I find the debate between RICE (Rest, Ice, Compression, Elevation) and MEAT (Movement, Exercise, Analgesia, Treatment) very interesting. Chinese Medicine also states to not ice. Why? Isn't ice good? Is inflammation good? I have done a lot of research due to my recent knee injury and there really seems to be no 100% conclusive answer. What I have found..
Inflammation is good . To a point . Too much inflammation can actually harm tissue. But the inflammatory response does something very good - especially if the damage is to an area that does not get much blood flow (like tendons and ligaments). Inflammation increases blood flow to the damaged area, thus speeding up healing since circulation is what our injuries need to heal. Some advocate that you shouldn't stop inflammation at all and let the body do it's work. Some advocate that you should use non-ice methods to reduce inflammation. Some say lots of ice and ibuprofen (my doctor says ibuprofen can hinder ligament healing - maybe because it reduces inflammation too much?) to reduce inflammation as quickly as possible to get on to the later stages of healing. It's a delicate balance to let the inflammation do it's work and at the same time not let it get out of control. Ice certainly slows blood circulation and thus could lead to slower healing (and some argue incomplete healing). Advocates of MEAT claim injuries heal much, much faster . Ice is not ALL good. One of the reasons why medical professionals say to limit icing sessions to 20 minutes is that any longer can damage nerves (even permanently).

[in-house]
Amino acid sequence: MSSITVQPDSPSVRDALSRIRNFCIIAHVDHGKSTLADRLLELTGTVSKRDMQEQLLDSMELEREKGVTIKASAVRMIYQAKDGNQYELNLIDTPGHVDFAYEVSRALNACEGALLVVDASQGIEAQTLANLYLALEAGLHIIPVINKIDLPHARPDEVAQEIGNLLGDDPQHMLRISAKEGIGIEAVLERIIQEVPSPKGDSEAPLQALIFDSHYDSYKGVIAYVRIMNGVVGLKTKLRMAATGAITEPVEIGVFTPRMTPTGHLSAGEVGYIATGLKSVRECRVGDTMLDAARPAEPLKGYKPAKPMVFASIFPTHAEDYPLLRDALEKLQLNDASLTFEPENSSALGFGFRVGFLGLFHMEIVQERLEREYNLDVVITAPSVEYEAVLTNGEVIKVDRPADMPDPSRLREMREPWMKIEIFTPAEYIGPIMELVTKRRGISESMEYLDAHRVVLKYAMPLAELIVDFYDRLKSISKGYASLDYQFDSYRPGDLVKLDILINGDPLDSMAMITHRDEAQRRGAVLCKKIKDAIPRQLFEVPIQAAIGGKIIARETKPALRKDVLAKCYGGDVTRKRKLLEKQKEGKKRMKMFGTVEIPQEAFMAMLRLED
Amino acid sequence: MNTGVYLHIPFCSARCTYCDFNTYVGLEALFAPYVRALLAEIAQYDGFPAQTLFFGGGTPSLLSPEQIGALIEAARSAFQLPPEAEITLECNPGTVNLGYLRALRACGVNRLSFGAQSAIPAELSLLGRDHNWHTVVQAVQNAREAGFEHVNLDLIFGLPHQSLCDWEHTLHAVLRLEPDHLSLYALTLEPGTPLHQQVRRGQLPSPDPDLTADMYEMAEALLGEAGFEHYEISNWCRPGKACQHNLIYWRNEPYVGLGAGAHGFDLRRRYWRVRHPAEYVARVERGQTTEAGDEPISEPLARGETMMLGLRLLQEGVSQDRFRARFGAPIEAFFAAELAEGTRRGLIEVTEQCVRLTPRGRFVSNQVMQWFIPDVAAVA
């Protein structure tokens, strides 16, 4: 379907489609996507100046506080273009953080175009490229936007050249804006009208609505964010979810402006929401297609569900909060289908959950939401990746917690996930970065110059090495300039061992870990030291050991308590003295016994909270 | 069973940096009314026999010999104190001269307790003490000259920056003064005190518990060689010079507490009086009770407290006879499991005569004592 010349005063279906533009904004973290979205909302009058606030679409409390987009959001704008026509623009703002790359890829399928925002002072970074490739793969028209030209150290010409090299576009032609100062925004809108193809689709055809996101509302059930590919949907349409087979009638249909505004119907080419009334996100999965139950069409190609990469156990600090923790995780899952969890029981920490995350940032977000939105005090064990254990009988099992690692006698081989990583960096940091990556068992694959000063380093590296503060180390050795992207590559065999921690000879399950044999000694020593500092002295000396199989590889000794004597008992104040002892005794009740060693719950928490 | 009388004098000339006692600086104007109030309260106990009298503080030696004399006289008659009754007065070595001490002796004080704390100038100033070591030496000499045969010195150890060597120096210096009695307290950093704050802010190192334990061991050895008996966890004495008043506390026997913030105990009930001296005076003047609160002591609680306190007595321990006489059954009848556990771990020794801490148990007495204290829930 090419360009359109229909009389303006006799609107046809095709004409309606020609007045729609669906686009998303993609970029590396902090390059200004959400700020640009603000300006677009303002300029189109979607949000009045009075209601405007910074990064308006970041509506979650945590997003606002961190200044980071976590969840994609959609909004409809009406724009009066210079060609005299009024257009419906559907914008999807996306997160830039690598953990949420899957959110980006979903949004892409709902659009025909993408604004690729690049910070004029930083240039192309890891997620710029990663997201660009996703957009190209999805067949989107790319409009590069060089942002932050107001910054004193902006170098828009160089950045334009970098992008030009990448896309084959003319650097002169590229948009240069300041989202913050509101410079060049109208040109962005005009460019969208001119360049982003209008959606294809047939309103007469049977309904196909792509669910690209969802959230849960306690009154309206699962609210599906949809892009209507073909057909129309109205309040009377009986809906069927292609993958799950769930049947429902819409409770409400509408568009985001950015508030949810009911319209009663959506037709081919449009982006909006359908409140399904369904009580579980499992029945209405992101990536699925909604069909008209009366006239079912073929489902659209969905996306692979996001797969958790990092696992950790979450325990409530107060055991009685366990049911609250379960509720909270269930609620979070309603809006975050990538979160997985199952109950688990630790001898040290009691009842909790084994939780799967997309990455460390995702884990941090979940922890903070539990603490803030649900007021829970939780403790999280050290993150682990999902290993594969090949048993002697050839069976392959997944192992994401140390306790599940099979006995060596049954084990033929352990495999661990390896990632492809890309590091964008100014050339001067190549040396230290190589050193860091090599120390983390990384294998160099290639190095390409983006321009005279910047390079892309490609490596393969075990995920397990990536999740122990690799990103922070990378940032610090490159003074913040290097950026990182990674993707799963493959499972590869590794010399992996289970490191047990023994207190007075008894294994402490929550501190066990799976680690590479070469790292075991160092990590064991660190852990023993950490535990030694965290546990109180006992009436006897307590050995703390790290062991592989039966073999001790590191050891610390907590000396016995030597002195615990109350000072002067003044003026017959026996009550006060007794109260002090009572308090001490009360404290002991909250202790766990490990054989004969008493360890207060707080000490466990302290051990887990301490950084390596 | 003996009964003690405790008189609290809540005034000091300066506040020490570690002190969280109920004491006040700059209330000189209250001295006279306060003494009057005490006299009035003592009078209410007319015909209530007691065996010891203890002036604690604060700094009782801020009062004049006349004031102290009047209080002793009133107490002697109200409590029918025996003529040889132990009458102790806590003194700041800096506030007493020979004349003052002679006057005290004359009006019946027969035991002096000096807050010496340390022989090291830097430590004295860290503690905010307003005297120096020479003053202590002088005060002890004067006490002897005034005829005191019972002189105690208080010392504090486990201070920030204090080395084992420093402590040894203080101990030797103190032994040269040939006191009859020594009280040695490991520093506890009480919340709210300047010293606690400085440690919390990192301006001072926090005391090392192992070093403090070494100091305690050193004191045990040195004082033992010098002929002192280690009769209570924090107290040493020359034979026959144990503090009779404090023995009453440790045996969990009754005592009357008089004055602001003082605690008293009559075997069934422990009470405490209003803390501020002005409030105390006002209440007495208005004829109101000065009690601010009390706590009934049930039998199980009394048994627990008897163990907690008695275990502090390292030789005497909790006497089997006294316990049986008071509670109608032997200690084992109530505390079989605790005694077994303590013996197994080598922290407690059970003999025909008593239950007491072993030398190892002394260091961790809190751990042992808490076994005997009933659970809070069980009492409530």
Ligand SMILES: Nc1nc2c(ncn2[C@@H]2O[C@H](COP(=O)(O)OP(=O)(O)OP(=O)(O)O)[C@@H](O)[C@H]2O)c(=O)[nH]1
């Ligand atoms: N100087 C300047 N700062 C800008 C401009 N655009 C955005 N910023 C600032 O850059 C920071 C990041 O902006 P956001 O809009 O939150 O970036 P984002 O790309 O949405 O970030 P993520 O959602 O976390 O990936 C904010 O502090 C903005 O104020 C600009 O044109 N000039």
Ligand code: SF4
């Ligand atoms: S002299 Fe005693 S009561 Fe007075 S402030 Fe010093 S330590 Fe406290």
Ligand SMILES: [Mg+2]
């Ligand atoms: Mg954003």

One thing that is pretty agreed upon is movement. Although to varying degrees. Some say immobilization should be very limited because it can lead to tissues damage. Some say immobilize early then get moving. But moving does increase circulation so is probably best utilized after swelling has dissipated.
Personally, I'm a fan (and becoming more of a fan) of ice for the first few days then rest until inflammation goes down then therapy (like PT). No ibuprofen but using ointments or the like to help reduce inflammation without cutting down the flow of blood so much. It's a bit of an injury by injury decision though. And when increasing activity to get things moving (and healing) you also have to be careful to not re-injure or re-tear during this delicate phase.
It's an interesting debate for sure. More reading below: